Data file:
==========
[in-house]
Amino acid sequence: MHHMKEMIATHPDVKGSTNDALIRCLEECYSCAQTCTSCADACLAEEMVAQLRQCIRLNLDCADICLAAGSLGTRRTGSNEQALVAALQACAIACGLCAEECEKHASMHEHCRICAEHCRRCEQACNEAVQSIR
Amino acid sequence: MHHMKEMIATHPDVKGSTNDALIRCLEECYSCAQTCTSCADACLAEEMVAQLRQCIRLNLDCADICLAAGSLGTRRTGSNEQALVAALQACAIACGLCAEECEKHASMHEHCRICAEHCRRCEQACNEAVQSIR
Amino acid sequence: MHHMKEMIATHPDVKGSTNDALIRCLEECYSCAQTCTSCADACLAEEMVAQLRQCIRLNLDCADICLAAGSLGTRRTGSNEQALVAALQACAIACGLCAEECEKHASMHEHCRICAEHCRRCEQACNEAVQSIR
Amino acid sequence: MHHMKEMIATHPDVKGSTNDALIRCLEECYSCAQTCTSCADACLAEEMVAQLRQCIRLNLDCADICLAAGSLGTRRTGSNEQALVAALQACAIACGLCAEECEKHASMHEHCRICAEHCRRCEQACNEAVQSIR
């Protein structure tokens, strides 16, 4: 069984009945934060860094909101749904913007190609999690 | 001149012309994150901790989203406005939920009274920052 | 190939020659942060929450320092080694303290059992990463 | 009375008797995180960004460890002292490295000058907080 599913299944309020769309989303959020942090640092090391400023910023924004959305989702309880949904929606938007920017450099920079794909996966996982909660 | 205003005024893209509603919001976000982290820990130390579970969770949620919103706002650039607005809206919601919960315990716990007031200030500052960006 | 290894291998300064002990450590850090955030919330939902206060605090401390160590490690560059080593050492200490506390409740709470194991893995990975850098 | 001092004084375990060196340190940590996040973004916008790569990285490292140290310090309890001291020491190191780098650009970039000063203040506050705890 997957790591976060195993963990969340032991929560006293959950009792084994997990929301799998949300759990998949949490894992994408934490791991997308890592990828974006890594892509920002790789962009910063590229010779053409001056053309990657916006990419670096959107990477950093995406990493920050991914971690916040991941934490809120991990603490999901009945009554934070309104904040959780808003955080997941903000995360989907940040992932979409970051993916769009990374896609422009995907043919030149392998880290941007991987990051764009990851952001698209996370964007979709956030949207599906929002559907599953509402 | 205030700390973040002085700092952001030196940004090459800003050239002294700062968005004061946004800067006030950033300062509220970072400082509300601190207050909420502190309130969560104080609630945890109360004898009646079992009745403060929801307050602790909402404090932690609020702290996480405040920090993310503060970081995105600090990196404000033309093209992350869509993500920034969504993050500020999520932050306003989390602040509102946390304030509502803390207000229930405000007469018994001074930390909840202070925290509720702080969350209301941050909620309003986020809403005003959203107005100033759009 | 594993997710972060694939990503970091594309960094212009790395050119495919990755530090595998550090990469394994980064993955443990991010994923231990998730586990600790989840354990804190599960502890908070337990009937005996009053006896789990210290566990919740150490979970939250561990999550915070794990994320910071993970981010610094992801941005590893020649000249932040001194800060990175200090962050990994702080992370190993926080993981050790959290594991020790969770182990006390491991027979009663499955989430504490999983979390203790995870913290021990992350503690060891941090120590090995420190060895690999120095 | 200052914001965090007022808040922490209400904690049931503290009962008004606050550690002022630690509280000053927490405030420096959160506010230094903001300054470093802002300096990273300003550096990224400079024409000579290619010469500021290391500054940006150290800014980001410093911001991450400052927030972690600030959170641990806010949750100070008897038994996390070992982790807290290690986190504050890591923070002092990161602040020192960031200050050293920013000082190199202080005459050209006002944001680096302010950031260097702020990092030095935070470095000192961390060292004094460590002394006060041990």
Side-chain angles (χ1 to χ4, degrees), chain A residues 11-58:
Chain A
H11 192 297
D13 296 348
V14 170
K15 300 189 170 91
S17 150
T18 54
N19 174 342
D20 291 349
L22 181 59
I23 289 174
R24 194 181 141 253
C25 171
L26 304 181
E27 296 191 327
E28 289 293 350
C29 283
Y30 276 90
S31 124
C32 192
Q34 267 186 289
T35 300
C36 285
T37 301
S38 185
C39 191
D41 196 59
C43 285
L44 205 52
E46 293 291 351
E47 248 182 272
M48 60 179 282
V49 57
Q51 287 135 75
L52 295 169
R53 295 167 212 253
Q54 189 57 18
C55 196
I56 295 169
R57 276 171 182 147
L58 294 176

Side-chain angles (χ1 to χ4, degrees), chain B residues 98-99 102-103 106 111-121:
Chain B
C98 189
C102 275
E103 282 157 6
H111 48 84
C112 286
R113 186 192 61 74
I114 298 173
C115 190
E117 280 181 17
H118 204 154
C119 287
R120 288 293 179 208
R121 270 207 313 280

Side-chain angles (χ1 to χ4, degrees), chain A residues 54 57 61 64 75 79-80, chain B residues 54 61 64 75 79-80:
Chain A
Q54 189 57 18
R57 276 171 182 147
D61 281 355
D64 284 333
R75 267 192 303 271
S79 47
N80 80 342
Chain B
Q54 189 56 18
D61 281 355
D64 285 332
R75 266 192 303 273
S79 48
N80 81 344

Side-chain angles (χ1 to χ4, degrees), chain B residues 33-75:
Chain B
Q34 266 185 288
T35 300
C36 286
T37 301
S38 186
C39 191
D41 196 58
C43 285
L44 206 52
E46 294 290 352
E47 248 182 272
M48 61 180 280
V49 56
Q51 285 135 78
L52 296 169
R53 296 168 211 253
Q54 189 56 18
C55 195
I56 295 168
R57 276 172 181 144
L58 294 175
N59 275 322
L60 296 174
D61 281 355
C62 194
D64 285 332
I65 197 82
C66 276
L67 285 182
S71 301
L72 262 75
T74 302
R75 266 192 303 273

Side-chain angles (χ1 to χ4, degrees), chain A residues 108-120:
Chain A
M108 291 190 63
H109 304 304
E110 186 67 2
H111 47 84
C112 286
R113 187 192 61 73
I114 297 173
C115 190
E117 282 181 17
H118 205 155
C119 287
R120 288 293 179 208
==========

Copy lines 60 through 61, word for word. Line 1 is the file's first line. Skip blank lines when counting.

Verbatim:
H118 204 154
C119 287